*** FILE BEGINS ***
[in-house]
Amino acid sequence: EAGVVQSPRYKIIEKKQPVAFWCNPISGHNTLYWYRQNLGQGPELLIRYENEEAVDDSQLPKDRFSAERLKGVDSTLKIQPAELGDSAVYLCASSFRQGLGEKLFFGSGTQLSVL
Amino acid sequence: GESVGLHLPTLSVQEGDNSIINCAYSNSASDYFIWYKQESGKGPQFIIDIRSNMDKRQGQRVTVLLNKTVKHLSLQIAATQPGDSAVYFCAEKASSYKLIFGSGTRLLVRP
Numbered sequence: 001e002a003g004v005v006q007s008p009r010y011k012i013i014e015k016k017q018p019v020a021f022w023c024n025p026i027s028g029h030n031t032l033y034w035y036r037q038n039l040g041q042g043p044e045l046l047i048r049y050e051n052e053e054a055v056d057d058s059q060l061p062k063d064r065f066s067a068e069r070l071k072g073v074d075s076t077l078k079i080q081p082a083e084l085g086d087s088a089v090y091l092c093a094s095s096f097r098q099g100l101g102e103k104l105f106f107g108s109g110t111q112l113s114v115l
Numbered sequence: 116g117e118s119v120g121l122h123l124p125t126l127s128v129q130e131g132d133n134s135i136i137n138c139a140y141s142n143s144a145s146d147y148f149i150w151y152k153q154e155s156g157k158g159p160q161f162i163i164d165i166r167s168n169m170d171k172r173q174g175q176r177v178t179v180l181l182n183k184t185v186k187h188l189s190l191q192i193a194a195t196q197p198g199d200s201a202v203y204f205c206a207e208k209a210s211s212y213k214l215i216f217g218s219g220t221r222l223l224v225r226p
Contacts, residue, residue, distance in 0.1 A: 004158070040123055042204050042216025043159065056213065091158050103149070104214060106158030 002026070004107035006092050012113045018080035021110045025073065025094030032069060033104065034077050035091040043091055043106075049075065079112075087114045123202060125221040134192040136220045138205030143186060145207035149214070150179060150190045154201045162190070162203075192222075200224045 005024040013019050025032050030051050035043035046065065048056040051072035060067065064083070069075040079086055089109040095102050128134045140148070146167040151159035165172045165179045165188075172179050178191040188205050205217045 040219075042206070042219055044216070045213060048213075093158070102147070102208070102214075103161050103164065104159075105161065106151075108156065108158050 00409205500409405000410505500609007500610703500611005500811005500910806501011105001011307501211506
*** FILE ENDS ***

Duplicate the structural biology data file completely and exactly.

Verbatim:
[in-house]
Amino acid sequence: EAGVVQSPRYKIIEKKQPVAFWCNPISGHNTLYWYRQNLGQGPELLIRYENEEAVDDSQLPKDRFSAERLKGVDSTLKIQPAELGDSAVYLCASSFRQGLGEKLFFGSGTQLSVL
Amino acid sequence: GESVGLHLPTLSVQEGDNSIINCAYSNSASDYFIWYKQESGKGPQFIIDIRSNMDKRQGQRVTVLLNKTVKHLSLQIAATQPGDSAVYFCAEKASSYKLIFGSGTRLLVRP
Numbered sequence: 001e002a003g004v005v006q007s008p009r010y011k012i013i014e015k016k017q018p019v020a021f022w023c024n025p026i027s028g029h030n031t032l033y034w035y036r037q038n039l040g041q042g043p044e045l046l047i048r049y050e051n052e053e054a055v056d057d058s059q060l061p062k063d064r065f066s067a068e069r070l071k072g073v074d075s076t077l078k079i080q081p082a083e084l085g086d087s088a089v090y091l092c093a094s095s096f097r098q099g100l101g102e103k104l105f106f107g108s109g110t111q112l113s114v115l
Numbered sequence: 116g117e118s119v120g121l122h123l124p125t126l127s128v129q130e131g132d133n134s135i136i137n138c139a140y141s142n143s144a145s146d147y148f149i150w151y152k153q154e155s156g157k158g159p160q161f162i163i164d165i166r167s168n169m170d171k172r173q174g175q176r177v178t179v180l181l182n183k184t185v186k187h188l189s190l191q192i193a194a195t196q197p198g199d200s201a202v203y204f205c206a207e208k209a210s211s212y213k214l215i216f217g218s219g220t221r222l223l224v225r226p
Contacts, residue, residue, distance in 0.1 A: 004158070040123055042204050042216025043159065056213065091158050103149070104214060106158030 002026070004107035006092050012113045018080035021110045025073065025094030032069060033104065034077050035091040043091055043106075049075065079112075087114045123202060125221040134192040136220045138205030143186060145207035149214070150179060150190045154201045162190070162203075192222075200224045 005024040013019050025032050030051050035043035046065065048056040051072035060067065064083070069075040079086055089109040095102050128134045140148070146167040151159035165172045165179045165188075172179050178191040188205050205217045 040219075042206070042219055044216070045213060048213075093158070102147070102208070102214075103161050103164065104159075105161065106151075108156065108158050 00409205500409405000410505500609007500610703500611005500811005500910806501011105001011307501211506